An Ostrich named Danny McGuire, is almost enough for me in life. I mean, to me…that’s humor, right there. I don’t know if it’s because he’s an ostrich with a name, or because he has a first and last name, or because of that name specifically, but it’s funny. Now, make Danny McGuire, a puppet and put him in a twisted black comedy and then you’ve got a world I totally get and one I’m delighted to let amuse me.
In The Greyness of Autumn, a short film out of Scotland’s, Quick Off the Mark Productions, we observe this very afore-mentioned scenario. It’s a film and a world I like. Well, a world I like aside from the fact that our felted, feathered protagonist is having quite the horrible, terrible, no good, very bad day and his shallow girlfriend (who’s a tad of a bitch when it comes right down to it) needs to be slapped. But aside from those minor points, I like it. This is a dark and humorous look at something very specific and unique. I can say truthfully, I have not seen this plot previously performed in such a way. Points for random creativity and an emo sensibility that is both authentic and total satire simultaneously.
Production values are solid throughout. The puppetry is not by any means up to your Jim Henson standard, but it isn’t intended to be. It’s slightly above amateurish construction and performance has a kitsch charm about it. Surprise empathy and definite Schadenfreude battled it out in my brain. Additional humor is in the details too and the fact that the Ostrich is actually quite short isn’t a result of budget constraints or very tall human actors, but rather, because it’s quite a bit funnier that way. In that regard it really stays consistent to its vision.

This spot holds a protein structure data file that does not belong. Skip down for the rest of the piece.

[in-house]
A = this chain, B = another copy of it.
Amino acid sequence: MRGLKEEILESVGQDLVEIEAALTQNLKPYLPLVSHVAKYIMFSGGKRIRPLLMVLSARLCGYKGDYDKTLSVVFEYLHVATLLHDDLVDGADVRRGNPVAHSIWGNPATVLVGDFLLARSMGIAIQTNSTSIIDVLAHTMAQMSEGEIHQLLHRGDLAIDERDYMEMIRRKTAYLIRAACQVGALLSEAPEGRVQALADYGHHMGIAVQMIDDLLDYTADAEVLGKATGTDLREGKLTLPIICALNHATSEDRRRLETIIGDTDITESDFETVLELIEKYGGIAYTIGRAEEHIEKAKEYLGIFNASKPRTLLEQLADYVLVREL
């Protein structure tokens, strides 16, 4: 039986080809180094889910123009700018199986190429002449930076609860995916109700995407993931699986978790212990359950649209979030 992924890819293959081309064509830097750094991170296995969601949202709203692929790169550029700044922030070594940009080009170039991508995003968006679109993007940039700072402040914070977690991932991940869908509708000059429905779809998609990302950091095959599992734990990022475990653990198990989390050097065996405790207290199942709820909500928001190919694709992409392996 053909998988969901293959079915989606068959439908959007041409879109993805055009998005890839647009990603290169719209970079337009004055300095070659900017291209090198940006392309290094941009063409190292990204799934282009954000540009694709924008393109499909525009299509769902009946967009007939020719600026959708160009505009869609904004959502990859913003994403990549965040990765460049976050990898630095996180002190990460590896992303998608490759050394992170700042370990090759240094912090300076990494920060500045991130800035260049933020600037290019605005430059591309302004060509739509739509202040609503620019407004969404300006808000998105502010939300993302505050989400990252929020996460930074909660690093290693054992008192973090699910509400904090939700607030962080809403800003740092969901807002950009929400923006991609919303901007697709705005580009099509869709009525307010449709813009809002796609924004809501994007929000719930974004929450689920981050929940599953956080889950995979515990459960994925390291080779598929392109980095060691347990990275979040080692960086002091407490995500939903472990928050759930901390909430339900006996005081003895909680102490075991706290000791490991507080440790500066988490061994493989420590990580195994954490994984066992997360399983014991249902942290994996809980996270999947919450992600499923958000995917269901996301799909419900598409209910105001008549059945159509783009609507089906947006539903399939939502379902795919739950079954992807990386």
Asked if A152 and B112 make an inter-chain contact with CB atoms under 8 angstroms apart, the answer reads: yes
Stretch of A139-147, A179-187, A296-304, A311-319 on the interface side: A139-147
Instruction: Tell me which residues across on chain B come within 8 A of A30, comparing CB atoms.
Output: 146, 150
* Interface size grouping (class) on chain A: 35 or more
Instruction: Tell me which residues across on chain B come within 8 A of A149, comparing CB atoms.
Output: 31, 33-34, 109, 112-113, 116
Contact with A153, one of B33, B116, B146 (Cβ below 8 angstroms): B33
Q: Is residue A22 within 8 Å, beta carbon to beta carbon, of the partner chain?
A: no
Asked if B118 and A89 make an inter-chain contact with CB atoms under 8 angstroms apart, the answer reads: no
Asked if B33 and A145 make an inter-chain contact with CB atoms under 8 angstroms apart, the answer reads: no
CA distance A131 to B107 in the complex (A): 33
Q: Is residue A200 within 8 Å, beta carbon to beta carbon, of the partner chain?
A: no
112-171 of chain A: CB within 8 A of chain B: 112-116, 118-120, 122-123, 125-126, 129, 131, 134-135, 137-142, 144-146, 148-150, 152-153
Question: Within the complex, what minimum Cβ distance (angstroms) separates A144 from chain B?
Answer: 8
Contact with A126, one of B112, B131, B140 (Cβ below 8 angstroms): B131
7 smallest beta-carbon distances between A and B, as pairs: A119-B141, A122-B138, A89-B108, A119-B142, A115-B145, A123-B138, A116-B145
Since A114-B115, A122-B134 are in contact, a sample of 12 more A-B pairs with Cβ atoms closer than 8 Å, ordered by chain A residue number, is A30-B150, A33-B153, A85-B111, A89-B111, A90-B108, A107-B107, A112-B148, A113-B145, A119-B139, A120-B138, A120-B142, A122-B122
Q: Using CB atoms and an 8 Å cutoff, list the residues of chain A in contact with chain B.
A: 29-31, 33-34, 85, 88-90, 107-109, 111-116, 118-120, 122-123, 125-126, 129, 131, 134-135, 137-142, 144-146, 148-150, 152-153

I have to hand it to the human actors, in particular “Jimmy Guinness” and “The Interviewer” for keeping committed to their scenes….opposite…. a depressed Ostrich puppet. It’s maybe too early for Oscar nods, but there’s some complex straight man bits going on there. And, the bird is no shirker either. I’m just saying.
This film just made an US appearance at the Southern Colorado Film Festival, but who knows, there may be a chance to see it at Cinequest or other local California Festivals in the future. Should you see it on the circuit, it’s worth a viewing and 3 1/2 out of 5 jewels in the review tiara for its bleak, well-executed foray into oversized avian, puppet melancholy; a topic I believe needs its own colored lapel ribbon, hashtag and celebrity campaign.